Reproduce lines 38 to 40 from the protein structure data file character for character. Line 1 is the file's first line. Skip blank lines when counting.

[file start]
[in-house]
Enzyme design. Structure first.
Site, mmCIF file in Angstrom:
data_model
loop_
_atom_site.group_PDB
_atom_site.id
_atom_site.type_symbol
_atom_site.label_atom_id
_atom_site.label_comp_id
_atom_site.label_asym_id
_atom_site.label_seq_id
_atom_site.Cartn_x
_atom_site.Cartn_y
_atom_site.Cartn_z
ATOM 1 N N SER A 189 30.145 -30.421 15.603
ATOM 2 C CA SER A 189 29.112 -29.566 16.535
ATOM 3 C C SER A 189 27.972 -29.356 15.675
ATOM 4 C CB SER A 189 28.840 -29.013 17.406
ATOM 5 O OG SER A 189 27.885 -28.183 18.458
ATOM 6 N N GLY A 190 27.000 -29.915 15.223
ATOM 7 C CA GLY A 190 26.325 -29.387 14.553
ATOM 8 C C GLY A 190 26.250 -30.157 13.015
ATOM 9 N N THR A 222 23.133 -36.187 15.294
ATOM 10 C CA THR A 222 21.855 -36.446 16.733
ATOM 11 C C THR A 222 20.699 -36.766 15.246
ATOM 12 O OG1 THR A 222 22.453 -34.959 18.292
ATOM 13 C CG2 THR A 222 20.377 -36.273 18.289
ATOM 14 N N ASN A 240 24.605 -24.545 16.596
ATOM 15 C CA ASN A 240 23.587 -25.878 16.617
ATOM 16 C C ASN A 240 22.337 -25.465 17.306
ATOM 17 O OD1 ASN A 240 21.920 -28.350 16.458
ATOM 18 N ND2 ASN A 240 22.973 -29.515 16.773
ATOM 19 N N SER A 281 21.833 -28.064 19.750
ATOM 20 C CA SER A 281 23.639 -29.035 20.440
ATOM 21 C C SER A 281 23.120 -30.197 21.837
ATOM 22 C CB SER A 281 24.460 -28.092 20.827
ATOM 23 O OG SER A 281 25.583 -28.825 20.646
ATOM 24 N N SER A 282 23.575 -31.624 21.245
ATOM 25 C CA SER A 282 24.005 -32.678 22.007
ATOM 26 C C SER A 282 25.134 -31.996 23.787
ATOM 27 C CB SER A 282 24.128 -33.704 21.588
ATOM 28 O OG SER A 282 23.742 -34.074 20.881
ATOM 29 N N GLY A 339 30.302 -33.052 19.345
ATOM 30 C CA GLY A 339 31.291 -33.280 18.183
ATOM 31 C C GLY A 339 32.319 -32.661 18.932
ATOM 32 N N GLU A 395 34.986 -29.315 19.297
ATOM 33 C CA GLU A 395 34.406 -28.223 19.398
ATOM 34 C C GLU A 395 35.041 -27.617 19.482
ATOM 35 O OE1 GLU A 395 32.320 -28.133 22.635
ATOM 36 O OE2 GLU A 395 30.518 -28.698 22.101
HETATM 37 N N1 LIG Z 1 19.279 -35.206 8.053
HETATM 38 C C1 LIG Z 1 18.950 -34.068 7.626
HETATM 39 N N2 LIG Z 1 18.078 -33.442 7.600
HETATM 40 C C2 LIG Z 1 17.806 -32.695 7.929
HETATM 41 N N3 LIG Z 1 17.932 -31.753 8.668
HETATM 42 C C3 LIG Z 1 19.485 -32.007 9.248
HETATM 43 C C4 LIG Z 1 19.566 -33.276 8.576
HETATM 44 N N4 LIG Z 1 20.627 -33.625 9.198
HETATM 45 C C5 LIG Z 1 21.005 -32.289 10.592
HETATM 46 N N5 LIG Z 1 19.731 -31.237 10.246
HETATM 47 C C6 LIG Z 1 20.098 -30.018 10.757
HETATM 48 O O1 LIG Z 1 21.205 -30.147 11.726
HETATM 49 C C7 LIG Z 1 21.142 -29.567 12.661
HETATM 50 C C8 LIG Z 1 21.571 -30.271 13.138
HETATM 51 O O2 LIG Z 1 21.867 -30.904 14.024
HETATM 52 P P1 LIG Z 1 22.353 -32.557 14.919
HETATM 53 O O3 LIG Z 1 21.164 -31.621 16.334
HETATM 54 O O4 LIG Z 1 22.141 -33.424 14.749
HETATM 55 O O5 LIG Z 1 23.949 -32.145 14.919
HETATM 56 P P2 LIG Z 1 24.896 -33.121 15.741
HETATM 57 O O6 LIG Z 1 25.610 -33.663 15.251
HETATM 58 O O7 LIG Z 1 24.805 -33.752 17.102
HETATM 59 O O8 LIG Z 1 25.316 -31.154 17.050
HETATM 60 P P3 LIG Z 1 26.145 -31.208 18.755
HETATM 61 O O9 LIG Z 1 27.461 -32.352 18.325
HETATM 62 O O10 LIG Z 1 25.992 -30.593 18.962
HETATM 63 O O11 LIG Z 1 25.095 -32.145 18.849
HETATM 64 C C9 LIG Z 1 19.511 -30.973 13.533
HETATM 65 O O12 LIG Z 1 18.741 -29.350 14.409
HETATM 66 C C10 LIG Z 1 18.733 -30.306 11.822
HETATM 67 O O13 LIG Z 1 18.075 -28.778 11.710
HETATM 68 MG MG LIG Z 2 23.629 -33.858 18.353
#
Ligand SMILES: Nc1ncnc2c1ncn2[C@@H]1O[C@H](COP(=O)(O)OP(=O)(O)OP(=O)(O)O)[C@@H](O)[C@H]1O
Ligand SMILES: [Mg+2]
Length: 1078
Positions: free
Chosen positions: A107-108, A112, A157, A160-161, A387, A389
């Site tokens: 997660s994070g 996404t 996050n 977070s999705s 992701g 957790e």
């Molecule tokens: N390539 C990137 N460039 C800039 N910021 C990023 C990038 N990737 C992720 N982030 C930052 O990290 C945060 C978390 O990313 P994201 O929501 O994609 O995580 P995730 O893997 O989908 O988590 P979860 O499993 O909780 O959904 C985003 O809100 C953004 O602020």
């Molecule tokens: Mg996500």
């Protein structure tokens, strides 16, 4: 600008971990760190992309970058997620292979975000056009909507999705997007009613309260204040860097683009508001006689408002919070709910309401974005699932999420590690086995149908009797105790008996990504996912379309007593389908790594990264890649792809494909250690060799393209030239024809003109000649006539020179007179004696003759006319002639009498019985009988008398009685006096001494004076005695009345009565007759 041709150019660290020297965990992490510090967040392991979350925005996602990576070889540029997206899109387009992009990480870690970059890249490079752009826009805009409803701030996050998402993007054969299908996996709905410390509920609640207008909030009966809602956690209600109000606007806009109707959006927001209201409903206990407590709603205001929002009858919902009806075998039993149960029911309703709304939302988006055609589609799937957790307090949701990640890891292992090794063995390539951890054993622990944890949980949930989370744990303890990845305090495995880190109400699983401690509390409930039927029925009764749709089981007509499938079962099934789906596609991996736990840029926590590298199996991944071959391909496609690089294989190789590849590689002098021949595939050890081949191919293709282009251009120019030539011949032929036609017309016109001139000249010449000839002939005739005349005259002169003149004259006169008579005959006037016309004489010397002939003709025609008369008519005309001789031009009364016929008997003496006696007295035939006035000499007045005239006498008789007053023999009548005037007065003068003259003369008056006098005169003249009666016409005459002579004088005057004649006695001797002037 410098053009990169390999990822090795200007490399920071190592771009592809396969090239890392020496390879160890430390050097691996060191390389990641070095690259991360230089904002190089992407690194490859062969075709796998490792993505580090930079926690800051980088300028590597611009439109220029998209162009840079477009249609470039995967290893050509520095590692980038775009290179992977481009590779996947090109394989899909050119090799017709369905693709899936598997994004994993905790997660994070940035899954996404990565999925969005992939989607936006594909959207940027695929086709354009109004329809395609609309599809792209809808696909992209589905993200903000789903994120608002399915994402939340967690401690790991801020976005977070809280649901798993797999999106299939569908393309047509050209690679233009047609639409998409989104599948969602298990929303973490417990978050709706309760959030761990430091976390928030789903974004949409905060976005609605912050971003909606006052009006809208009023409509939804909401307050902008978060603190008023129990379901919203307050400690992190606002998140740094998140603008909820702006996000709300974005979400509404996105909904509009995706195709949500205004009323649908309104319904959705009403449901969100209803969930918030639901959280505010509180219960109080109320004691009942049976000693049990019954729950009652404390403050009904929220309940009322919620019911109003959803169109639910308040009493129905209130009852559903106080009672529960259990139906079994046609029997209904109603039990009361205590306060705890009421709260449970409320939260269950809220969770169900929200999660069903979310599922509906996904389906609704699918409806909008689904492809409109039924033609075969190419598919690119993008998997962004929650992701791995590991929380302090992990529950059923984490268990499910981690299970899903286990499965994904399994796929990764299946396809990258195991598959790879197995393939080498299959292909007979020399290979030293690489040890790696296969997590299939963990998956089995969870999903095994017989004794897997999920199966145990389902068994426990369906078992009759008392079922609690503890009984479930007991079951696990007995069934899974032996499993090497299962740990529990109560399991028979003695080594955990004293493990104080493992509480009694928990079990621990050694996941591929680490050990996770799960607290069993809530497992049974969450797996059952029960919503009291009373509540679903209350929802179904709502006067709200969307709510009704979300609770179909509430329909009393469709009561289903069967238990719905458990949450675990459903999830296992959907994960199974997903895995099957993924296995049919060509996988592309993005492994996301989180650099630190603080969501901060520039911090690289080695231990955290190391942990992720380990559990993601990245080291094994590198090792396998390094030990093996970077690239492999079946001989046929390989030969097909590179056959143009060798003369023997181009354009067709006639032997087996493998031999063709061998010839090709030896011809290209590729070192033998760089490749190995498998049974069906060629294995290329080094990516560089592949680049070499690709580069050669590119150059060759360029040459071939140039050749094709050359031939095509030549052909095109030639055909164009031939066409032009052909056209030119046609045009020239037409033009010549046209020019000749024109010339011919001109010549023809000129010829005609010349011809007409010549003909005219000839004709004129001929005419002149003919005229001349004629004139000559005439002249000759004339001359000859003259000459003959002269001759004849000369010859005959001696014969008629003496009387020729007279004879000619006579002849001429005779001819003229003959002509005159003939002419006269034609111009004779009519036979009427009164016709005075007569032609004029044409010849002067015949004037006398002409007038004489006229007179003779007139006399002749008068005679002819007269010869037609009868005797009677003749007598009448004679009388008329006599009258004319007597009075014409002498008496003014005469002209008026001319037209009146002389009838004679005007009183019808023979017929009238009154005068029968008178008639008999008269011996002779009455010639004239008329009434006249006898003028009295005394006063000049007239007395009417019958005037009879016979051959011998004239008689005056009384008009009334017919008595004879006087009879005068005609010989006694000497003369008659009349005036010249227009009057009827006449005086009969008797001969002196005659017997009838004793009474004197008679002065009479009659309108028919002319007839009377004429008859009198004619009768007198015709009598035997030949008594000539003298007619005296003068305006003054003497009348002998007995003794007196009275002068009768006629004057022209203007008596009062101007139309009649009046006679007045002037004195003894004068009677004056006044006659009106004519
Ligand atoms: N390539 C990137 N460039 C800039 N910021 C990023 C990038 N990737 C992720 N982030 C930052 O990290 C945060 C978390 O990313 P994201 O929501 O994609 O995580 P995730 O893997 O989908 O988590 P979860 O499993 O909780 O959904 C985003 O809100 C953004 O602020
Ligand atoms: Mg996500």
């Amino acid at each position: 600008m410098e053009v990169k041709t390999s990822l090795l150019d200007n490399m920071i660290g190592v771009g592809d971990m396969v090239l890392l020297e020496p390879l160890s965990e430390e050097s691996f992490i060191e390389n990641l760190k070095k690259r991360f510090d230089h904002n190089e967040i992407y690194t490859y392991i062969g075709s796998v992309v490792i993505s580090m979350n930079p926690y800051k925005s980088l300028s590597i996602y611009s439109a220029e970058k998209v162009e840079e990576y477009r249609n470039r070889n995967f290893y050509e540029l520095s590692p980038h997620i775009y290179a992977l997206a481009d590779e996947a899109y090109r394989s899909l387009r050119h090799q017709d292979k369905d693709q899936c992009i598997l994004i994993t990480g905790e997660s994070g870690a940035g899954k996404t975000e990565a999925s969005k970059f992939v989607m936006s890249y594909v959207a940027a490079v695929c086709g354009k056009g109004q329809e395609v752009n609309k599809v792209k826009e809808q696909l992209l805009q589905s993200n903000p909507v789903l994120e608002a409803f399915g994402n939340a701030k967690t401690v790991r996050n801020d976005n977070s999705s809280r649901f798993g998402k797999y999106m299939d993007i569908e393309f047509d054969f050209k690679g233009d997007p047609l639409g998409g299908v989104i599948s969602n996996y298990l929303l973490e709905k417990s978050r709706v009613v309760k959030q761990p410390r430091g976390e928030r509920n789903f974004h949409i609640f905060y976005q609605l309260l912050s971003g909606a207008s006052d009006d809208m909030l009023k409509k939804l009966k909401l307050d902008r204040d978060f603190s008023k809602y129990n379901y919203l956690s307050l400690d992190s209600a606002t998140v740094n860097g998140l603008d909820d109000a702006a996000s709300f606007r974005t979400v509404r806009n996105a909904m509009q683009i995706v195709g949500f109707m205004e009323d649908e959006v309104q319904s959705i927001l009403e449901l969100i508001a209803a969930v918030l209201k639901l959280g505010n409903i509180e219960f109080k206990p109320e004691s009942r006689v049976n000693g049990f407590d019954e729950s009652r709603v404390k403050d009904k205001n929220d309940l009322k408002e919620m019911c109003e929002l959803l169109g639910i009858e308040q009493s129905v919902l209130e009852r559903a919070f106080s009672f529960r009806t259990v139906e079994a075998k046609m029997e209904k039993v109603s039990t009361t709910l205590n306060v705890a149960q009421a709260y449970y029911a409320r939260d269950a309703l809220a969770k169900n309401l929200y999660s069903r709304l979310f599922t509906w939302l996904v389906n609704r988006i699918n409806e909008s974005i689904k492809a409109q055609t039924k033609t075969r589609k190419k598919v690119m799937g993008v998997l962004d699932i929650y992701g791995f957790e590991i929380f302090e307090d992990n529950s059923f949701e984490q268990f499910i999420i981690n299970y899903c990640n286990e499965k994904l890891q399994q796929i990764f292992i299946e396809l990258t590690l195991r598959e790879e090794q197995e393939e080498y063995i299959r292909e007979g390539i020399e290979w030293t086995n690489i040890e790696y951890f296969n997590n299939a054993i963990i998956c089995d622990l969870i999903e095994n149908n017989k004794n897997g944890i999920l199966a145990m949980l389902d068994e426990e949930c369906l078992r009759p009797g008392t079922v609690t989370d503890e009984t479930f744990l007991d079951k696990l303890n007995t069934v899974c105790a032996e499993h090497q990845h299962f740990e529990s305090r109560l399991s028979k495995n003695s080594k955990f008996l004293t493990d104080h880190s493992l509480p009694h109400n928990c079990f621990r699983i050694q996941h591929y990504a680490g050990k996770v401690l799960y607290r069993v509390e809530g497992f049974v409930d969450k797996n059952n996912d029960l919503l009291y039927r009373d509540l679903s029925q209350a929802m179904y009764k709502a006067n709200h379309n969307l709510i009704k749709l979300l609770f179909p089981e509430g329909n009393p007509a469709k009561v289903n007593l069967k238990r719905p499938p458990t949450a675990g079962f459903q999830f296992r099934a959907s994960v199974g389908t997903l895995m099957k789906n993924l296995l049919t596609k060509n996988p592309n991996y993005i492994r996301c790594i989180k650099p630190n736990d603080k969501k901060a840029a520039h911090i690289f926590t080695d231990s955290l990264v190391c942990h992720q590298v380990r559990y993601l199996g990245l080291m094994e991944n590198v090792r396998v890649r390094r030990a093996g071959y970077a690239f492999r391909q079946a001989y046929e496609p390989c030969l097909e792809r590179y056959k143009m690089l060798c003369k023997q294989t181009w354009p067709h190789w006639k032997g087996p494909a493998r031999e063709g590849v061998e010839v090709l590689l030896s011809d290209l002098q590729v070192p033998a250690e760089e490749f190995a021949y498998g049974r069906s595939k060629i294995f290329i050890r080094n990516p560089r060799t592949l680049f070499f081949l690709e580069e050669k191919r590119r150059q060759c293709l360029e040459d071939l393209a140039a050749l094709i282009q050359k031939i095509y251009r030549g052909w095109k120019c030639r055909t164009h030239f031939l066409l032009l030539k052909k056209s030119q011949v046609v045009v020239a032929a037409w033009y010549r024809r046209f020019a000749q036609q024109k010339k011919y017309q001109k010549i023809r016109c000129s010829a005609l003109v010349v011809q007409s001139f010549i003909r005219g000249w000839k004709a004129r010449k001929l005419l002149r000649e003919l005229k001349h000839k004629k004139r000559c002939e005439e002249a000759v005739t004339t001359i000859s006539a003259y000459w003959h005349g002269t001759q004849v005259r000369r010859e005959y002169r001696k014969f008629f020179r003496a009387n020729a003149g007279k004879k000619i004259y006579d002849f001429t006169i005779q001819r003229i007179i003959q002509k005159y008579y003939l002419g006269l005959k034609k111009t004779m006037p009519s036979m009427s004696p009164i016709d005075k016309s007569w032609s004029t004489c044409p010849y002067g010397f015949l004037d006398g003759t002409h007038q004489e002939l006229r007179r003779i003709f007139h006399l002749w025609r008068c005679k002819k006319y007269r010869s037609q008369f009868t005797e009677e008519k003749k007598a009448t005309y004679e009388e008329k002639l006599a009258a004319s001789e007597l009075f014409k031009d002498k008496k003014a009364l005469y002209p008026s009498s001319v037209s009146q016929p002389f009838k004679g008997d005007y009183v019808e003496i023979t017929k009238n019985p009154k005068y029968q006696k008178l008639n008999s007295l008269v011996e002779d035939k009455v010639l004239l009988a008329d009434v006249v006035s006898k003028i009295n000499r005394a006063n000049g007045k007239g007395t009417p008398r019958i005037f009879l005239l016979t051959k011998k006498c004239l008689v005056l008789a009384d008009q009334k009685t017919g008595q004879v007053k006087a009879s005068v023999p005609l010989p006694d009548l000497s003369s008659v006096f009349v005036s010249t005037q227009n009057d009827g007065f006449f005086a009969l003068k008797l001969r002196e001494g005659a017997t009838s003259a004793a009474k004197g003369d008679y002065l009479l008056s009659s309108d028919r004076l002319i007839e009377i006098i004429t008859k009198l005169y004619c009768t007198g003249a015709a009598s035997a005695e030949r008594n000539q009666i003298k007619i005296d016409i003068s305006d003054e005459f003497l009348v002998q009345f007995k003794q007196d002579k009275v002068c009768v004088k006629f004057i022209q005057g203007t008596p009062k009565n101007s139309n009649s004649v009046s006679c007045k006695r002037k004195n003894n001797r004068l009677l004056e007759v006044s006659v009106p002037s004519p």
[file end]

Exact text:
ATOM 23 O OG SER A 281 25.583 -28.825 20.646
ATOM 24 N N SER A 282 23.575 -31.624 21.245
ATOM 25 C CA SER A 282 24.005 -32.678 22.007